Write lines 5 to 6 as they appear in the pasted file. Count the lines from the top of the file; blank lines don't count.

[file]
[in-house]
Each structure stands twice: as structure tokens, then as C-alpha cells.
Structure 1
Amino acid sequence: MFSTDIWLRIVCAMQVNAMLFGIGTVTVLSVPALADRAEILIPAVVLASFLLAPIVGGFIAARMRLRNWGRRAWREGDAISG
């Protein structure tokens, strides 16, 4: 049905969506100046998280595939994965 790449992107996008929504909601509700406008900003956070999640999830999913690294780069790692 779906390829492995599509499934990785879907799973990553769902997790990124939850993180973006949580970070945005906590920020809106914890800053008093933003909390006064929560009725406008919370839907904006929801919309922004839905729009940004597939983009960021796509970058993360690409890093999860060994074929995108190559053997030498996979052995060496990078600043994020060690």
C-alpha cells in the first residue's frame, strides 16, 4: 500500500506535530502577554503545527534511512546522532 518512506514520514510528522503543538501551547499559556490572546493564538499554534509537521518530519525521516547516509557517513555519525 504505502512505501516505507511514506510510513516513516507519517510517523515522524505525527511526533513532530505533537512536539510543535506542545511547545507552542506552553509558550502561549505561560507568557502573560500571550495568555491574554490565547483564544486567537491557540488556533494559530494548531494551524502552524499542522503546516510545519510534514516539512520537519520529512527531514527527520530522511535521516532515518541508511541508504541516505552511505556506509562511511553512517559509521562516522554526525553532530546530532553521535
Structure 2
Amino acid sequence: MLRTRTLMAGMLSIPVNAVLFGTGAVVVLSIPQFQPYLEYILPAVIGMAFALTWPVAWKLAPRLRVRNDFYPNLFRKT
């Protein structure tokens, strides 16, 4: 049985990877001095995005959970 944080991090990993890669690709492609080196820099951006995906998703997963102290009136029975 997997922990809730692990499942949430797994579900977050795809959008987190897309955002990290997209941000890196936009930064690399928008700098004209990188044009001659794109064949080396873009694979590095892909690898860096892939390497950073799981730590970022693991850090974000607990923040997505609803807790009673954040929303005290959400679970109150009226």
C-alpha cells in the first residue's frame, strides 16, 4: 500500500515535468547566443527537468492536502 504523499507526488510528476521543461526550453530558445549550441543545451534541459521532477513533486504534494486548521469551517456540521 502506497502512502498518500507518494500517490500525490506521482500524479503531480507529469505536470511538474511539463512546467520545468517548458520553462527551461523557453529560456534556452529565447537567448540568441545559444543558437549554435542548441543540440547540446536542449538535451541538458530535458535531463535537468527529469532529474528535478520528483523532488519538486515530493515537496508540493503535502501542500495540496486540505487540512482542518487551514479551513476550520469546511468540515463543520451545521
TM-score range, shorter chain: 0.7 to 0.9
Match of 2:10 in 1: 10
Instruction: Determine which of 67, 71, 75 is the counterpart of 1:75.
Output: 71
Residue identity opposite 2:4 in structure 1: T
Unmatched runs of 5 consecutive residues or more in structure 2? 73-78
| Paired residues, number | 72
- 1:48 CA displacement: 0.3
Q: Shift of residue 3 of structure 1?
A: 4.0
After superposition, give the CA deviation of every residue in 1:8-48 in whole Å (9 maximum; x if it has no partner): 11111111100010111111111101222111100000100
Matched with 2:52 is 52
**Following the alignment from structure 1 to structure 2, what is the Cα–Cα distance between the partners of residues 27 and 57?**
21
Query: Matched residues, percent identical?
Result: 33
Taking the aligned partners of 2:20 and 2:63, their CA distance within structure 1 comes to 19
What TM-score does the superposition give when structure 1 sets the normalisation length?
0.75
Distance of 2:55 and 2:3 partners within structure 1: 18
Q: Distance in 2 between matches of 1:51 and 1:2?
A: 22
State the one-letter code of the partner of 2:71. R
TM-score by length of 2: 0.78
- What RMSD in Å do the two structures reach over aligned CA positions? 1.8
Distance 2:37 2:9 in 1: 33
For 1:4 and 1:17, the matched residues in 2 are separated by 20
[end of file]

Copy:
């Protein structure tokens, strides 16, 4: 049905969506100046998280595939994965 790449992107996008929504909601509700406008900003956070999640999830999913690294780069790692 779906390829492995599509499934990785879907799973990553769902997790990124939850993180973006949580970070945005906590920020809106914890800053008093933003909390006064929560009725406008919370839907904006929801919309922004839905729009940004597939983009960021796509970058993360690409890093999860060994074929995108190559053997030498996979052995060496990078600043994020060690």
C-alpha cells in the first residue's frame, strides 16, 4: 500500500506535530502577554503545527534511512546522532 518512506514520514510528522503543538501551547499559556490572546493564538499554534509537521518530519525521516547516509557517513555519525 504505502512505501516505507511514506510510513516513516507519517510517523515522524505525527511526533513532530505533537512536539510543535506542545511547545507552542506552553509558550502561549505561560507568557502573560500571550495568555491574554490565547483564544486567537491557540488556533494559530494548531494551524502552524499542522503546516510545519510534514516539512520537519520529512527531514527527520530522511535521516532515518541508511541508504541516505552511505556506509562511511553512517559509521562516522554526525553532530546530532553521535